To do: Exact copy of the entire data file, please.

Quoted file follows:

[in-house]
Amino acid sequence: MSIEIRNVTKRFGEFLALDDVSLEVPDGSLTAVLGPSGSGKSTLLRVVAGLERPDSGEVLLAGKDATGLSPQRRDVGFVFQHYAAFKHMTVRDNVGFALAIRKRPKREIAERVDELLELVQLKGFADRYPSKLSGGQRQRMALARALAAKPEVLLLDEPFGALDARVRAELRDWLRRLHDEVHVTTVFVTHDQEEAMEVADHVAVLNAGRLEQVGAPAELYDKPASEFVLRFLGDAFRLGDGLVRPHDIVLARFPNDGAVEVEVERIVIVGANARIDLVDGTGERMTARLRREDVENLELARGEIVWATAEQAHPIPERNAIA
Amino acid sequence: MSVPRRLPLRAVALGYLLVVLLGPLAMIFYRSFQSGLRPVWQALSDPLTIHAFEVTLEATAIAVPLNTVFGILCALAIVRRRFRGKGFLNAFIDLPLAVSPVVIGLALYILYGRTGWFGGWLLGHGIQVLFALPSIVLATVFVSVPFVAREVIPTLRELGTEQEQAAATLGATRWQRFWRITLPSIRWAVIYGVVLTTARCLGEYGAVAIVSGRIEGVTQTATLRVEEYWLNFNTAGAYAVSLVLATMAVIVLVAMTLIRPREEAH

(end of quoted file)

[in-house]
Amino acid sequence: MSIEIRNVTKRFGEFLALDDVSLEVPDGSLTAVLGPSGSGKSTLLRVVAGLERPDSGEVLLAGKDATGLSPQRRDVGFVFQHYAAFKHMTVRDNVGFALAIRKRPKREIAERVDELLELVQLKGFADRYPSKLSGGQRQRMALARALAAKPEVLLLDEPFGALDARVRAELRDWLRRLHDEVHVTTVFVTHDQEEAMEVADHVAVLNAGRLEQVGAPAELYDKPASEFVLRFLGDAFRLGDGLVRPHDIVLARFPNDGAVEVEVERIVIVGANARIDLVDGTGERMTARLRREDVENLELARGEIVWATAEQAHPIPERNAIA
Amino acid sequence: MSVPRRLPLRAVALGYLLVVLLGPLAMIFYRSFQSGLRPVWQALSDPLTIHAFEVTLEATAIAVPLNTVFGILCALAIVRRRFRGKGFLNAFIDLPLAVSPVVIGLALYILYGRTGWFGGWLLGHGIQVLFALPSIVLATVFVSVPFVAREVIPTLRELGTEQEQAAATLGATRWQRFWRITLPSIRWAVIYGVVLTTARCLGEYGAVAIVSGRIEGVTQTATLRVEEYWLNFNTAGAYAVSLVLATMAVIVLVAMTLIRPREEAH